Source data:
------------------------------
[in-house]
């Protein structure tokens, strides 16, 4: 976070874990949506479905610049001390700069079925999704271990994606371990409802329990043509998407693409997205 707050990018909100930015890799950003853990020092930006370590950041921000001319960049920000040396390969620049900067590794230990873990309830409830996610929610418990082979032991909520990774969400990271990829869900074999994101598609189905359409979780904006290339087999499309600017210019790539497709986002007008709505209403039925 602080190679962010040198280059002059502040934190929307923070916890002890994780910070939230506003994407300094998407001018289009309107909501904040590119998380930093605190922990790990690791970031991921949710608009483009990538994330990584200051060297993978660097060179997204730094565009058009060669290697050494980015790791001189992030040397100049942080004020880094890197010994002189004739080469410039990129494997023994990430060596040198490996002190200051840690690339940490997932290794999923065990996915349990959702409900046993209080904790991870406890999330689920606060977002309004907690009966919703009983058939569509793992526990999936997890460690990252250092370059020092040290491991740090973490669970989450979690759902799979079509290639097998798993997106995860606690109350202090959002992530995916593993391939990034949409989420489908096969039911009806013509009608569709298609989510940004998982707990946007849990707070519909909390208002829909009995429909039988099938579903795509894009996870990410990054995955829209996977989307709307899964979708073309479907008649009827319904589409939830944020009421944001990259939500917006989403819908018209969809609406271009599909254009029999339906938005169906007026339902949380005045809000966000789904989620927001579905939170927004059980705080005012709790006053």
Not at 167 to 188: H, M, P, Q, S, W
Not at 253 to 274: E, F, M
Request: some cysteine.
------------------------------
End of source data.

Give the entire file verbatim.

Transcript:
[in-house]
């Protein structure tokens, strides 16, 4: 976070874990949506479905610049001390700069079925999704271990994606371990409802329990043509998407693409997205 707050990018909100930015890799950003853990020092930006370590950041921000001319960049920000040396390969620049900067590794230990873990309830409830996610929610418990082979032991909520990774969400990271990829869900074999994101598609189905359409979780904006290339087999499309600017210019790539497709986002007008709505209403039925 602080190679962010040198280059002059502040934190929307923070916890002890994780910070939230506003994407300094998407001018289009309107909501904040590119998380930093605190922990790990690791970031991921949710608009483009990538994330990584200051060297993978660097060179997204730094565009058009060669290697050494980015790791001189992030040397100049942080004020880094890197010994002189004739080469410039990129494997023994990430060596040198490996002190200051840690690339940490997932290794999923065990996915349990959702409900046993209080904790991870406890999330689920606060977002309004907690009966919703009983058939569509793992526990999936997890460690990252250092370059020092040290491991740090973490669970989450979690759902799979079509290639097998798993997106995860606690109350202090959002992530995916593993391939990034949409989420489908096969039911009806013509009608569709298609989510940004998982707990946007849990707070519909909390208002829909009995429909039988099938579903795509894009996870990410990054995955829209996977989307709307899964979708073309479907008649009827319904589409939830944020009421944001990259939500917006989403819908018209969809609406271009599909254009029999339906938005169906007026339902949380005045809000966000789904989620927001579905939170927004059980705080005012709790006053």
Not at 167 to 188: H, M, P, Q, S, W
Not at 253 to 274: E, F, M
Request: some cysteine.